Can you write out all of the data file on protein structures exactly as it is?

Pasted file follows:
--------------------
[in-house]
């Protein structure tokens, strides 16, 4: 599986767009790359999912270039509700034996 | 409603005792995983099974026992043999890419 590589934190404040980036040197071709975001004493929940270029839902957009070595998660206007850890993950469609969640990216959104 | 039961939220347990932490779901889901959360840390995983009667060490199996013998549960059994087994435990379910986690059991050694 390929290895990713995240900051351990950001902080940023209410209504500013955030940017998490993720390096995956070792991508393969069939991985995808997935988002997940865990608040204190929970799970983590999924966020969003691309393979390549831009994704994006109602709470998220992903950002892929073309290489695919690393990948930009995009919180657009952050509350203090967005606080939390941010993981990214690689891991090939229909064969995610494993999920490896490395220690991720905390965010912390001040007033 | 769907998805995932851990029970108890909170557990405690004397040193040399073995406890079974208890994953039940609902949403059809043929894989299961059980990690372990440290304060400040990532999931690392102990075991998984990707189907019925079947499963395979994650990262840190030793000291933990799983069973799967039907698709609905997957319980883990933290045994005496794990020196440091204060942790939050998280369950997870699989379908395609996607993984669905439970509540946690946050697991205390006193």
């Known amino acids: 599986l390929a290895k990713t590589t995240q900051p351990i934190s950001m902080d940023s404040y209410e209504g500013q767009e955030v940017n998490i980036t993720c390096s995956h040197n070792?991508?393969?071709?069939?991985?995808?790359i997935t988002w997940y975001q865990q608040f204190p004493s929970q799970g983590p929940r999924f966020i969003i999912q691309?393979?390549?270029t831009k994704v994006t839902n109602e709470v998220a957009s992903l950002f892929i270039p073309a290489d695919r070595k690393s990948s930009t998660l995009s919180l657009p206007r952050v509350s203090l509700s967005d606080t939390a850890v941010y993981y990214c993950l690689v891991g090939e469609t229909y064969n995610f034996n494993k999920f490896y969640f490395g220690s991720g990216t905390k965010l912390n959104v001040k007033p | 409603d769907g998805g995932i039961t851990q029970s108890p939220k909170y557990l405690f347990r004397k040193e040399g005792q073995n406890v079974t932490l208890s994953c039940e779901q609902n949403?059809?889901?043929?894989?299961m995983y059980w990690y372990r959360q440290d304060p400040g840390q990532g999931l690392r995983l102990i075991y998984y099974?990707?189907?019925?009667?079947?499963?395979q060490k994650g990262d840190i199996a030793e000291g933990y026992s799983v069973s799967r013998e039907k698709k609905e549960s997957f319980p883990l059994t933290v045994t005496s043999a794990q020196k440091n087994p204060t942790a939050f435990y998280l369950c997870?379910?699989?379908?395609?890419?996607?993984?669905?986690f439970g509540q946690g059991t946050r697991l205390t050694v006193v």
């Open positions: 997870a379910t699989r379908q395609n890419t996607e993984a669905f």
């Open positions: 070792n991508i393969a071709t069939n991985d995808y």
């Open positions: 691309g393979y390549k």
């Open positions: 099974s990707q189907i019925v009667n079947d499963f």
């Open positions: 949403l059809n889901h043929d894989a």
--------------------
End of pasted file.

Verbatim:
[in-house]
């Protein structure tokens, strides 16, 4: 599986767009790359999912270039509700034996 | 409603005792995983099974026992043999890419 590589934190404040980036040197071709975001004493929940270029839902957009070595998660206007850890993950469609969640990216959104 | 039961939220347990932490779901889901959360840390995983009667060490199996013998549960059994087994435990379910986690059991050694 390929290895990713995240900051351990950001902080940023209410209504500013955030940017998490993720390096995956070792991508393969069939991985995808997935988002997940865990608040204190929970799970983590999924966020969003691309393979390549831009994704994006109602709470998220992903950002892929073309290489695919690393990948930009995009919180657009952050509350203090967005606080939390941010993981990214690689891991090939229909064969995610494993999920490896490395220690991720905390965010912390001040007033 | 769907998805995932851990029970108890909170557990405690004397040193040399073995406890079974208890994953039940609902949403059809043929894989299961059980990690372990440290304060400040990532999931690392102990075991998984990707189907019925079947499963395979994650990262840190030793000291933990799983069973799967039907698709609905997957319980883990933290045994005496794990020196440091204060942790939050998280369950997870699989379908395609996607993984669905439970509540946690946050697991205390006193």
């Known amino acids: 599986l390929a290895k990713t590589t995240q900051p351990i934190s950001m902080d940023s404040y209410e209504g500013q767009e955030v940017n998490i980036t993720c390096s995956h040197n070792?991508?393969?071709?069939?991985?995808?790359i997935t988002w997940y975001q865990q608040f204190p004493s929970q799970g983590p929940r999924f966020i969003i999912q691309?393979?390549?270029t831009k994704v994006t839902n109602e709470v998220a957009s992903l950002f892929i270039p073309a290489d695919r070595k690393s990948s930009t998660l995009s919180l657009p206007r952050v509350s203090l509700s967005d606080t939390a850890v941010y993981y990214c993950l690689v891991g090939e469609t229909y064969n995610f034996n494993k999920f490896y969640f490395g220690s991720g990216t905390k965010l912390n959104v001040k007033p | 409603d769907g998805g995932i039961t851990q029970s108890p939220k909170y557990l405690f347990r004397k040193e040399g005792q073995n406890v079974t932490l208890s994953c039940e779901q609902n949403?059809?889901?043929?894989?299961m995983y059980w990690y372990r959360q440290d304060p400040g840390q990532g999931l690392r995983l102990i075991y998984y099974?990707?189907?019925?009667?079947?499963?395979q060490k994650g990262d840190i199996a030793e000291g933990y026992s799983v069973s799967r013998e039907k698709k609905e549960s997957f319980p883990l059994t933290v045994t005496s043999a794990q020196k440091n087994p204060t942790a939050f435990y998280l369950c997870?379910?699989?379908?395609?890419?996607?993984?669905?986690f439970g509540q946690g059991t946050r697991l205390t050694v006193v």
């Open positions: 997870a379910t699989r379908q395609n890419t996607e993984a669905f």
């Open positions: 070792n991508i393969a071709t069939n991985d995808y």
């Open positions: 691309g393979y390549k």
């Open positions: 099974s990707q189907i019925v009667n079947d499963f």
């Open positions: 949403l059809n889901h043929d894989a």